Catalyst teaches the controversy

I was at the gym just now and they had a rerun of a Catalyst story from October on the alleged climate change pause, presented by Anja Taylor. It was appalling. It started off correctly attributing the 1998 peak in warming to El Nino (with a shot of Richard Morecroft).

Next there was an unnamed speaker, suggesting that this presaged a permanent El Nino . This obvious straw man (it’s called the Southern Oscillation because it’s cyclical) was presented as if it represented the view of mainstream science, but the transcript attributes it to “reporter”. Clearly, Taylor was unable to get any vision of an actual scientist making this claim.

Next, four denialists (Monckton, Paltridge, Newman and Curry) and an editorial intervention from Taylor asserting the “pause” as a reality, with some super-shoddy graphs. Then a flashback to Climategate.

After this setup, things got gradually better. Some real scientists were brought on, and we eventually reached the conclusion “All things considered, there’s been no global warming pause”. But anyone watching the program would conclude that the sceptics had a pretty strong case.

The problem is that this kind of “teach the controversy” approach is utterly inappropriate for a TV science program. In this case, the problem is (as the program admits) that the majority of the time is given to a view held by a tiny minority of scientists, so few that Taylor had to give air time to two non-scientists and one who has gone emeritus. But even on a topic where scientists are actually divided, a 15-minute TV segment isn’t going to help clarify the issues.

Unfortunately, this kind of thing is typical of Catalyst nowadays. I used to think it was just Maryanne Demasi, but obviously the producers want to present “he said, she said” controversy. It’s time for the ABC to pull the plug.

59 thoughts on “Catalyst teaches the controversy

  1. for example people are described as “dishonest” and “deceptive”

    Anyone who asserts “there has been NO global warming in X years” where X is their favorite number is dishonest. Amplification has nothing to do with it.

  2. @J-D

    Very succinct and correct as far I understand it. And I do understand enough for science for this level. It really shouldn’t be too hard for anyone with a basic science education, certainly with grade 12 physics and chemistry and maybe even with grade 10 physics and chemistry, to understand this.

    I guess problems arise for two basic reasons.

    1. A lot of people don’t have even this basic scientific literacy or need a refresher course.

    2. As soon as you raise these basic empirical points, the denialists will go to phase 2 of their operation. This is to bring up alternative points which sound plausible as hypotheses and then have to be falsified by a new round of tests or rather now by a new round of science knowledge education for the undecided or the still “swayable” since the tests have been done.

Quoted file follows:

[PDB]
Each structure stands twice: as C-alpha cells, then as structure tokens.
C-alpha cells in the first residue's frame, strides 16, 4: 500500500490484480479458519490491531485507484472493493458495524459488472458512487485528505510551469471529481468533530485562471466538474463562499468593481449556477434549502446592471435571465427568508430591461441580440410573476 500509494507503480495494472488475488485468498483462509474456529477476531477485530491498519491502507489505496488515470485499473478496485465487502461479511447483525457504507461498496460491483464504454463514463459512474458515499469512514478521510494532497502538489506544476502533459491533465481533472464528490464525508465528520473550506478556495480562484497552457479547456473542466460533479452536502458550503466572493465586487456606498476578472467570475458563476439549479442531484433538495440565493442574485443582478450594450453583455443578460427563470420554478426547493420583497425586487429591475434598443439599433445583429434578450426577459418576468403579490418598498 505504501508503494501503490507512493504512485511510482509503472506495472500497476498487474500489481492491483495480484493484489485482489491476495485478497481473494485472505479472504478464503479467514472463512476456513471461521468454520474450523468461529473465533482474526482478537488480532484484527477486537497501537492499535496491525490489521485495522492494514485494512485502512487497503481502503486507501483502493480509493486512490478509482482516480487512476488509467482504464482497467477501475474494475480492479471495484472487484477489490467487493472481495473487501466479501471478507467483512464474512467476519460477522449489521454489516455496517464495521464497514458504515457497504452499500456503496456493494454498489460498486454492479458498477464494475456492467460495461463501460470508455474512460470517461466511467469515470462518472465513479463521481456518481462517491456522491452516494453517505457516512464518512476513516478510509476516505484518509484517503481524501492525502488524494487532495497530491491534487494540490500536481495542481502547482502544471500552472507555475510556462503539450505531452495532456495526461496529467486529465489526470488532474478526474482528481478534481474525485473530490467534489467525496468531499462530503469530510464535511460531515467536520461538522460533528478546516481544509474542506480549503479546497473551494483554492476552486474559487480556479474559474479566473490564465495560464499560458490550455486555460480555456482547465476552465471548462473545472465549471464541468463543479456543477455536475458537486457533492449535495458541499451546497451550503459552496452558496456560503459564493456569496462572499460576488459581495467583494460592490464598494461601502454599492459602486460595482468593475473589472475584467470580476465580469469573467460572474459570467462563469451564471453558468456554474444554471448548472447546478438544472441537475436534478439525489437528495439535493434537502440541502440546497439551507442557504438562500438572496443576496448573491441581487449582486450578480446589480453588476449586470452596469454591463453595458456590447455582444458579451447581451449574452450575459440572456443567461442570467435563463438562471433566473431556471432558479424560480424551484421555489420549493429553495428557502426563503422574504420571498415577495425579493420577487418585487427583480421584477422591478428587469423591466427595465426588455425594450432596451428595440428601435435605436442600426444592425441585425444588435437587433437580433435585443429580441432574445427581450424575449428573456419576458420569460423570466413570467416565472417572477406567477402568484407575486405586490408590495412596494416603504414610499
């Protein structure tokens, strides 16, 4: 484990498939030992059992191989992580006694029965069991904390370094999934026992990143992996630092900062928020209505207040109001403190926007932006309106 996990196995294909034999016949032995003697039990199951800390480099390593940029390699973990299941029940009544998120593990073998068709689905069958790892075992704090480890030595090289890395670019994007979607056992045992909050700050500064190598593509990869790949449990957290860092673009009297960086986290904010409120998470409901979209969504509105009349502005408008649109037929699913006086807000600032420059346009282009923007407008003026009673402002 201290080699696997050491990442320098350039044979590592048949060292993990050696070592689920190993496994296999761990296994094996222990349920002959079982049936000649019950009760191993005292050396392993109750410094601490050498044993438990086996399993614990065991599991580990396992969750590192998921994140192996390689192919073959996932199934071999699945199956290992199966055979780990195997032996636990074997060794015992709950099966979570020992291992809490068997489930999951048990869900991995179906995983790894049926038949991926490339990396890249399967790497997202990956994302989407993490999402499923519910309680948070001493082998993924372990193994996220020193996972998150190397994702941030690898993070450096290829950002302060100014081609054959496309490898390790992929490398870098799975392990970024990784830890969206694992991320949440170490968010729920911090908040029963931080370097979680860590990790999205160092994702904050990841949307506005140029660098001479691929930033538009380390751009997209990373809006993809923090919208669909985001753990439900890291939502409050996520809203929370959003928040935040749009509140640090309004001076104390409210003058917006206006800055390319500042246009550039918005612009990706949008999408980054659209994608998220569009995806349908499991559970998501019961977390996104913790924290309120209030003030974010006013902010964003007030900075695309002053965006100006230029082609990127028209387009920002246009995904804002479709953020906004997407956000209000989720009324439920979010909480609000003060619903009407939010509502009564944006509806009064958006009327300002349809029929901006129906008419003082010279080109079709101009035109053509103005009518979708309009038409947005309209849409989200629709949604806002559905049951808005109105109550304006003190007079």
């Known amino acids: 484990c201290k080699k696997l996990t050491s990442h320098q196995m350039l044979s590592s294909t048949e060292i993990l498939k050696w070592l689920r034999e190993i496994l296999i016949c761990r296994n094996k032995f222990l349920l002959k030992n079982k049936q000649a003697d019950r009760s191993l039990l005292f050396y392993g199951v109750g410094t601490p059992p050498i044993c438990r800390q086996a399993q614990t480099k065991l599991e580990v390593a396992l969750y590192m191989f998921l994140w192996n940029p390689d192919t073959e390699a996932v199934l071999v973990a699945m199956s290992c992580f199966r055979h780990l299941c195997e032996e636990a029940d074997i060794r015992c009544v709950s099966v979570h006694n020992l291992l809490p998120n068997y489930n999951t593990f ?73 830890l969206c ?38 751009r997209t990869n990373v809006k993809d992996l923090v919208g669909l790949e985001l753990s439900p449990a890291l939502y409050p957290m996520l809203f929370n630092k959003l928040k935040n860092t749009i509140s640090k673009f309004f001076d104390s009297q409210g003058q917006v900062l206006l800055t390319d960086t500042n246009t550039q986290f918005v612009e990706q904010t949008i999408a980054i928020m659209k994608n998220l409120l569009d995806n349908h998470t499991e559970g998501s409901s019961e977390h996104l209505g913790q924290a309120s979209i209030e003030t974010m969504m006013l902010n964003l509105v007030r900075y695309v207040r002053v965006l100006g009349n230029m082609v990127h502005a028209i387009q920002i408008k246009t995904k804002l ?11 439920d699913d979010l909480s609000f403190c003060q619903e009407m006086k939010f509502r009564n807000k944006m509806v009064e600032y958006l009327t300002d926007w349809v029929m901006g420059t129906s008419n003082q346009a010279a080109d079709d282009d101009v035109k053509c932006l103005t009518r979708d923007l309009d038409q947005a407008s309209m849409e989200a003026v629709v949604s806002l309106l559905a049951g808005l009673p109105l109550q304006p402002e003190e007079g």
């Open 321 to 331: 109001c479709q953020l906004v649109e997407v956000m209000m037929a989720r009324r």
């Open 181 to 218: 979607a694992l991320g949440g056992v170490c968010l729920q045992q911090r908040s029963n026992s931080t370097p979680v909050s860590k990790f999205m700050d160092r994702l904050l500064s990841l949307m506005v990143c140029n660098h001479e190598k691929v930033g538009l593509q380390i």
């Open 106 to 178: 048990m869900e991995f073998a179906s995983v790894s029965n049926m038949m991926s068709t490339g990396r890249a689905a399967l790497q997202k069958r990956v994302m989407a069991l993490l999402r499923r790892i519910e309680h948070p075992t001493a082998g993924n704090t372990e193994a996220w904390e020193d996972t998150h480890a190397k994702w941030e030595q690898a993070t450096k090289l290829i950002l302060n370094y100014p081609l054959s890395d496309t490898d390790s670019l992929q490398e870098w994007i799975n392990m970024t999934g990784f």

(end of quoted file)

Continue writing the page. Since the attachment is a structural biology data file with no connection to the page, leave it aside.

An example of phase two “reasonable doubt” objections are that water vapour is a greenhouse gas. TRUE. Water vapour is much more prevalent than CO2 in the atmosphere. TRUE (I think, but see I am not even totally sure). Therefore as CO2 is a minuscule amount by comparsion and water vaopor (humidty) goes up and down a lot then CO2 is irrelevant and any current percent increase of it is irrelevant. (FALSE – But I would have to reread the IPCC explanation myself before I could explain to anyone else why this is false.)

    Other examples are claims about solar luminesece cycles, precession, orbital inconsistencies, long cycles around the sun (Milankovitch cycles) and so on. All these are dealt with and excluded with high degrees of certainty by IPCC as full explanations of current warming, leaving CO2 emissions as the main smoking gun. But again these objections can bamboozle people and dishonestly obscure the fact that these hypotheses have been considered and rejected as explanations for current warming.

    And so it goes. The thing is that in a sense a physical truth or law is often unitary and exclusive (well obviously not quantum mechanics, probabilistic theory etc.) whereas falsehood is multifareous. The active “moral entrepreneur” deniers can keep making up falsehoods based on half truths and truths taken out of context to their hearts’ content. Energy has to be expended and information continually issued and expanded to deal with this ongoing manufacture of deceit.

  3. @Ikonoclast
    Water vapour is a potent greenhouse gas: its residency time in the atmosphere is quite short though, having a tendency to condense and to rain out. CO2 is also a strong greenhouse gas: its residency time is a couple of orders of magnitude longer than water vapour. The increased surface temperature, due to increasing concentration of CO2, increases the rate and intensity with which water is evaporated, thus enhancing the overall greenhouse effect. Changes to the temperature of the surface air has an extraordinary effect upon evaporation.

    While what I have described is a bit simplistic, it gives the gist of why the CO2 emissions are significant: not only is CO2 a greenhouse gas, but its effect causes other significant changes to take place, such as increased uptake of water vapour into the atmosphere. As noted above, once in the air, water vapour soon rains out—somewhere.

    Slow changes to the orbit of Earth around the sun (Milankovitch cycles) do cause climate change—over thousands of years. The climate change of most concern to humanity is that which we are causing through our own actions, climate change that is happening one or two orders of magnitude more rapidly than natural cycles cause. This is why it is so disingenuous of the PM Abbott to say “climate changes all the time,” because that is not the issue at hand.